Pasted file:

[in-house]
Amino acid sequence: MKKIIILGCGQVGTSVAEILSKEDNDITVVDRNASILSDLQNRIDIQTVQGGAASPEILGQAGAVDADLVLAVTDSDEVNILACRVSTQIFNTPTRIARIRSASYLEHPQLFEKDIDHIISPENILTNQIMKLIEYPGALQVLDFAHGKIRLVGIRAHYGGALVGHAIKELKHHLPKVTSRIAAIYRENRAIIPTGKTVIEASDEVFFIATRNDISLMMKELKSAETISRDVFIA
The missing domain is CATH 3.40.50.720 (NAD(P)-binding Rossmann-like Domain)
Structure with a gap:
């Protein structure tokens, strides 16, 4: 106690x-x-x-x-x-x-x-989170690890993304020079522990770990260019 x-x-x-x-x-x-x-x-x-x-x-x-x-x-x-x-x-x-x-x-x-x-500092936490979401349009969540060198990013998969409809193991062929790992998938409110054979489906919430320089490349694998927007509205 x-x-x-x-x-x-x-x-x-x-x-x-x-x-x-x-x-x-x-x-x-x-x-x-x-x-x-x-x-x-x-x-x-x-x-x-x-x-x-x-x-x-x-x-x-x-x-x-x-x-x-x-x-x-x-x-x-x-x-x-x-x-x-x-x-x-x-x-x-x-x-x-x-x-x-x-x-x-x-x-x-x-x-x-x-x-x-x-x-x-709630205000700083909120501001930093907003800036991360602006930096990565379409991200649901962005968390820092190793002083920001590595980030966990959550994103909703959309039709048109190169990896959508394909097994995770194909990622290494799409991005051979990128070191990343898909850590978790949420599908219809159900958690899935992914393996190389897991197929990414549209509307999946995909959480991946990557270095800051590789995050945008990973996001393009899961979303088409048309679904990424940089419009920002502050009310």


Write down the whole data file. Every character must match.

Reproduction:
[in-house]
Amino acid sequence: MKKIIILGCGQVGTSVAEILSKEDNDITVVDRNASILSDLQNRIDIQTVQGGAASPEILGQAGAVDADLVLAVTDSDEVNILACRVSTQIFNTPTRIARIRSASYLEHPQLFEKDIDHIISPENILTNQIMKLIEYPGALQVLDFAHGKIRLVGIRAHYGGALVGHAIKELKHHLPKVTSRIAAIYRENRAIIPTGKTVIEASDEVFFIATRNDISLMMKELKSAETISRDVFIA
The missing domain is CATH 3.40.50.720 (NAD(P)-binding Rossmann-like Domain)
Structure with a gap:
């Protein structure tokens, strides 16, 4: 106690x-x-x-x-x-x-x-989170690890993304020079522990770990260019 x-x-x-x-x-x-x-x-x-x-x-x-x-x-x-x-x-x-x-x-x-x-500092936490979401349009969540060198990013998969409809193991062929790992998938409110054979489906919430320089490349694998927007509205 x-x-x-x-x-x-x-x-x-x-x-x-x-x-x-x-x-x-x-x-x-x-x-x-x-x-x-x-x-x-x-x-x-x-x-x-x-x-x-x-x-x-x-x-x-x-x-x-x-x-x-x-x-x-x-x-x-x-x-x-x-x-x-x-x-x-x-x-x-x-x-x-x-x-x-x-x-x-x-x-x-x-x-x-x-x-x-x-x-x-709630205000700083909120501001930093907003800036991360602006930096990565379409991200649901962005968390820092190793002083920001590595980030966990959550994103909703959309039709048109190169990896959508394909097994995770194909990622290494799409991005051979990128070191990343898909850590978790949420599908219809159900958690899935992914393996190389897991197929990414549209509307999946995909959480991946990557270095800051590789995050945008990973996001393009899961979303088409048309679904990424940089419009920002502050009310």